Mauboussin M.112

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Mauboussin M.112
Role Two-seat touring aircraft
National origin France
Manufacturer Louis Peyret in the Zodiac factory
Designer Pierre Mauboussin
First flight 5 September 1931
Number built 6
Developed into Mauboussin M.120 series

The Mauboussin M.112, M-12 or Mauboussin M.XII was originally called the Peyret-Mauboussin PM XII and was renamed when Mauboussin founded his own company in 1931, ending his partnership with Louis Peyret.[1][2][3] It was a French, single-engine, two-seat, low cantilever wing touring monoplane.[2] At least six were built.[1]

Design and development[edit]

The low, cantilever wing of the M.112 was built in three parts, a tapered centre-section which was part of the fuselage and trapezoidal outer panels with elliptical tips. Its aspect ratio of 9.5 was high for the time. The outer panels carried mild dihedral and full-span, narrow-chord ailerons. The wings were completely wooden, with twin box spars and alder plywood skin.[2]

It was powered by an uncowled 30 kW (40 hp) Salmson 9Ad nine-cylinder radial engine with its fuel tanks in the wing centre-section. Behind it, beyond a firewall, the wooden fuselage had a rectangular section defined by four longerons, though the upper decking was curved. It was covered in plywood. The M.112 had a pair of tandem seats over the wing, with the pilot at the rear. These seats could be open or enclosed by a removable cover. The fuselage tapered to the rear where the tail surfaces, also ply-covered, were straight-tapered and round tipped. Both horizontal and vertical surfaces had quite high aspect ratios and the vertical tail was tall; the horizontal tail was mounted on top of the fuselage. Both rudder and elevators were aerodynamically unbalanced.[2]

The M.112 had conventional, fixed landing gear. Its mainwheels, fitted with brakes, were on cranked axles and drag struts, both hinged from the lower fuselage longerons. There were short, vertical Messier oleo struts from the outer axles to the forward wing spars in the centre-section, giving it a track of 2.2 m (7 ft 3 in). Its tailskid, which could be replaced with a wheel, castered and had twin small bungee shock absorbers.[2]

Operational history[edit]

Built at the Zenith factory,[1][4] the M.XII first flew in September 1931.[1] In August 1932, flown by Raymonde Nicolle and registered as a Mauboussin M.112, it competed in the Challenge International de Tourisme 1932 (English: 1932 International touring aircraft Competition), which involved both technical tests and a 7,200 km (4,500 mi) circuit around Europe. It came last, but with its very low-powered engine, was the only aircraft in its class.[5][6][7] It also appeared at the 1932 Paris Aero Salon.[4] The French civil aircraft register included six M.112s, used by aero clubs and individuals.[8]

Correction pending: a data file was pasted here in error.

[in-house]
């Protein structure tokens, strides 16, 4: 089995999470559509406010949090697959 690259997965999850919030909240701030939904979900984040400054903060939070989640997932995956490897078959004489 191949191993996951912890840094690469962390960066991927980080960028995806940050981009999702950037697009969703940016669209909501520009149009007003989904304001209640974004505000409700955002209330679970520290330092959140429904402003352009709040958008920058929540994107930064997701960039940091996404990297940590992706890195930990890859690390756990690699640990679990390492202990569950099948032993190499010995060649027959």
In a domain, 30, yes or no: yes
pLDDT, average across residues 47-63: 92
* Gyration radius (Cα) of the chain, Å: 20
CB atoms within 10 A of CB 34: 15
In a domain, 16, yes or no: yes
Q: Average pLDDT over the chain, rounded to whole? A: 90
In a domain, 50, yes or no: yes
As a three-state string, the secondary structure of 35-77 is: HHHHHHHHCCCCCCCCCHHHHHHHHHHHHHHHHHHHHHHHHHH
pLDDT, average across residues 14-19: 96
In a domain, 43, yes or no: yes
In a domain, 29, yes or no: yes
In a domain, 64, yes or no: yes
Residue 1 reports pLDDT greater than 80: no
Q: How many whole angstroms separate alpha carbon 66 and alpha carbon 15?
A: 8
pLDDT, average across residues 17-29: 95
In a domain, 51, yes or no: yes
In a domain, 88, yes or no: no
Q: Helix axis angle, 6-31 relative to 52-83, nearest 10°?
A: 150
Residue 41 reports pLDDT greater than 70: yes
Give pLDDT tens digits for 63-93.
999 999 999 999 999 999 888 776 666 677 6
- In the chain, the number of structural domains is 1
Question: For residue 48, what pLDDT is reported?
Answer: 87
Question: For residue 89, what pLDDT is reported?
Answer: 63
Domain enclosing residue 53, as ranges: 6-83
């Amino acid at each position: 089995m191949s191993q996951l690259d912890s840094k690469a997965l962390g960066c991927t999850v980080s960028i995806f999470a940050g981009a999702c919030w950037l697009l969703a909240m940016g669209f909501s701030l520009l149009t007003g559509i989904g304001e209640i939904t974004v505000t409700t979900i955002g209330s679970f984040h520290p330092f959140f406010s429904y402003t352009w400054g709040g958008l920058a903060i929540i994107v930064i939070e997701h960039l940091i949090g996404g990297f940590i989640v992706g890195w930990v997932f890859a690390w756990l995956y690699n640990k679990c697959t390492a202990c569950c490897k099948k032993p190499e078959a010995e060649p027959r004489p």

Aircraft in the Mauboussin M.120 Corsaire series which followed were similar to the M.112 but heavier and with more powerful engines.[1]

Specifications[edit]

Data from Les Ailes, October 1931[2] Performance figures calculated

General characteristics

  • Crew: One pilot
  • Capacity: One passenger
  • Length: 6.34 m (20 ft 10 in)
  • Wingspan: 11.75 m (38 ft 7 in)
  • Height: 2.86 m (9 ft 5 in) to propeller-tip
  • Wing area: 14.78 m2 (159.1 sq ft)
  • Aspect ratio: 9.5
  • Empty weight: 280 kg (617 lb)
  • Gross weight: 516 kg (1,138 lb)
  • Fuel capacity: 60 l (13 imp gal; 16 US gal)[1]
  • Powerplant: 1 × Salmson 9Ad 9-cylinder radial, 30 kW (40 hp)
  • Propellers: 2-bladed Levasseur, metal

Performance

  • Maximum speed: 150 km/h (93 mph; 81 kn)
  • Cruising speed: 130 km/h (81 mph; 70 kn)
  • Stall speed: 65 km/h (40 mph; 35 kn) minimum flying speed
  • Range: 700 km (435 mi; 378 nmi)
  • Service ceiling: 5,000 m (16,404 ft)

References[edit]

  1. ^ a b c d e f "The Mauboussin Corsaire". Air Britain Archive: 2010/150–151. December 2010. 
  2. ^ a b c d e f Frachet, André (15 October 1931). "L'avion léger Mauboussin M.XII". Les Ailes (539): 3. 
  3. ^ Gunston, Bill (1993). World Encyclopaedia of Aircraft Manufacturers: from the pioneers to the present day. Sparkford, Somerset: Patrick Stephens Limited. p. 198. ISBN 9 781852 602055. 
  4. ^ a b "Zodiac-Mauboussin". L'Ailles (597): 8. 4 November 1932. 
  5. ^ "International Touring Competition". Flight. XXIV (34): 771. 19 August 1932. 
  6. ^ Heinze, Edwin (2 September 1932). "The International Touring Competition". Flight. XXIV (36): 826. 
  7. ^ "Réflexions sur l'intérêst technique du Challenge Internationale de Tourisme". Les Ailes (586): 8. 8 September 1932. 
  8. ^ Bernard, Martin; Sparrow, Dave; Espérou, Bernard. "F-1922 - The French Civil Register from 1922". Air Britain Archive: 2014/124, 2015/024, 2015/073, 2015/127, 2016/134.